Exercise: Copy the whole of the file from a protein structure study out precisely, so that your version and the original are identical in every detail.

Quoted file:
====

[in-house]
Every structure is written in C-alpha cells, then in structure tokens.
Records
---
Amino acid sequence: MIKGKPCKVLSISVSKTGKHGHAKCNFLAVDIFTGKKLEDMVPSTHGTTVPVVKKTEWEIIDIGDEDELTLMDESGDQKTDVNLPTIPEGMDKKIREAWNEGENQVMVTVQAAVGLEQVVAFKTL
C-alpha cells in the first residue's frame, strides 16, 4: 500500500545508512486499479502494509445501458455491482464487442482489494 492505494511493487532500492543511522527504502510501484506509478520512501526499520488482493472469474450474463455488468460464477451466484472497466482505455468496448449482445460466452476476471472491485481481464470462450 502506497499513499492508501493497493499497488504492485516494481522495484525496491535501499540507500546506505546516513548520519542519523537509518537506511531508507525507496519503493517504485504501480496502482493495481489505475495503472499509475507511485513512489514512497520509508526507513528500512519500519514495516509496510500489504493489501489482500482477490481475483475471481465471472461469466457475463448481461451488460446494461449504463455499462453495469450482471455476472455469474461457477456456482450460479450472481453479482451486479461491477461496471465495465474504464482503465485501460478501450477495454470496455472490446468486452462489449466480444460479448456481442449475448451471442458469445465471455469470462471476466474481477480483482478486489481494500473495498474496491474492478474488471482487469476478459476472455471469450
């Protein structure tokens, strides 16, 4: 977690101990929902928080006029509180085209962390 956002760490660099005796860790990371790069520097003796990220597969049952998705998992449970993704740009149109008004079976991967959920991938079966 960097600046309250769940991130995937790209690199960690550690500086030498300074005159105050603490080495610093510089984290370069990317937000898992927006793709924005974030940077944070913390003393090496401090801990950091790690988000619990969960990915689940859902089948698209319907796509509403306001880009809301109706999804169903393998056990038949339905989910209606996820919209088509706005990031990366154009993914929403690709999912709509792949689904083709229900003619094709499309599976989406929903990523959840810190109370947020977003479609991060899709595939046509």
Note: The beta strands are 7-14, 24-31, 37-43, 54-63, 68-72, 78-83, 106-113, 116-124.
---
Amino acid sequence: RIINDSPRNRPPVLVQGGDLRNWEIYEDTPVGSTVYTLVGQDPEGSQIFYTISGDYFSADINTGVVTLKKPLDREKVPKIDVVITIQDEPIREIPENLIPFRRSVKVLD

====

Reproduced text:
[in-house]
Every structure is written in C-alpha cells, then in structure tokens.
Records
---
Amino acid sequence: MIKGKPCKVLSISVSKTGKHGHAKCNFLAVDIFTGKKLEDMVPSTHGTTVPVVKKTEWEIIDIGDEDELTLMDESGDQKTDVNLPTIPEGMDKKIREAWNEGENQVMVTVQAAVGLEQVVAFKTL
C-alpha cells in the first residue's frame, strides 16, 4: 500500500545508512486499479502494509445501458455491482464487442482489494 492505494511493487532500492543511522527504502510501484506509478520512501526499520488482493472469474450474463455488468460464477451466484472497466482505455468496448449482445460466452476476471472491485481481464470462450 502506497499513499492508501493497493499497488504492485516494481522495484525496491535501499540507500546506505546516513548520519542519523537509518537506511531508507525507496519503493517504485504501480496502482493495481489505475495503472499509475507511485513512489514512497520509508526507513528500512519500519514495516509496510500489504493489501489482500482477490481475483475471481465471472461469466457475463448481461451488460446494461449504463455499462453495469450482471455476472455469474461457477456456482450460479450472481453479482451486479461491477461496471465495465474504464482503465485501460478501450477495454470496455472490446468486452462489449466480444460479448456481442449475448451471442458469445465471455469470462471476466474481477480483482478486489481494500473495498474496491474492478474488471482487469476478459476472455471469450
């Protein structure tokens, strides 16, 4: 977690101990929902928080006029509180085209962390 956002760490660099005796860790990371790069520097003796990220597969049952998705998992449970993704740009149109008004079976991967959920991938079966 960097600046309250769940991130995937790209690199960690550690500086030498300074005159105050603490080495610093510089984290370069990317937000898992927006793709924005974030940077944070913390003393090496401090801990950091790690988000619990969960990915689940859902089948698209319907796509509403306001880009809301109706999804169903393998056990038949339905989910209606996820919209088509706005990031990366154009993914929403690709999912709509792949689904083709229900003619094709499309599976989406929903990523959840810190109370947020977003479609991060899709595939046509």
Note: The beta strands are 7-14, 24-31, 37-43, 54-63, 68-72, 78-83, 106-113, 116-124.
---
Amino acid sequence: RIINDSPRNRPPVLVQGGDLRNWEIYEDTPVGSTVYTLVGQDPEGSQIFYTISGDYFSADINTGVVTLKKPLDREKVPKIDVVITIQDEPIREIPENLIPFRRSVKVLD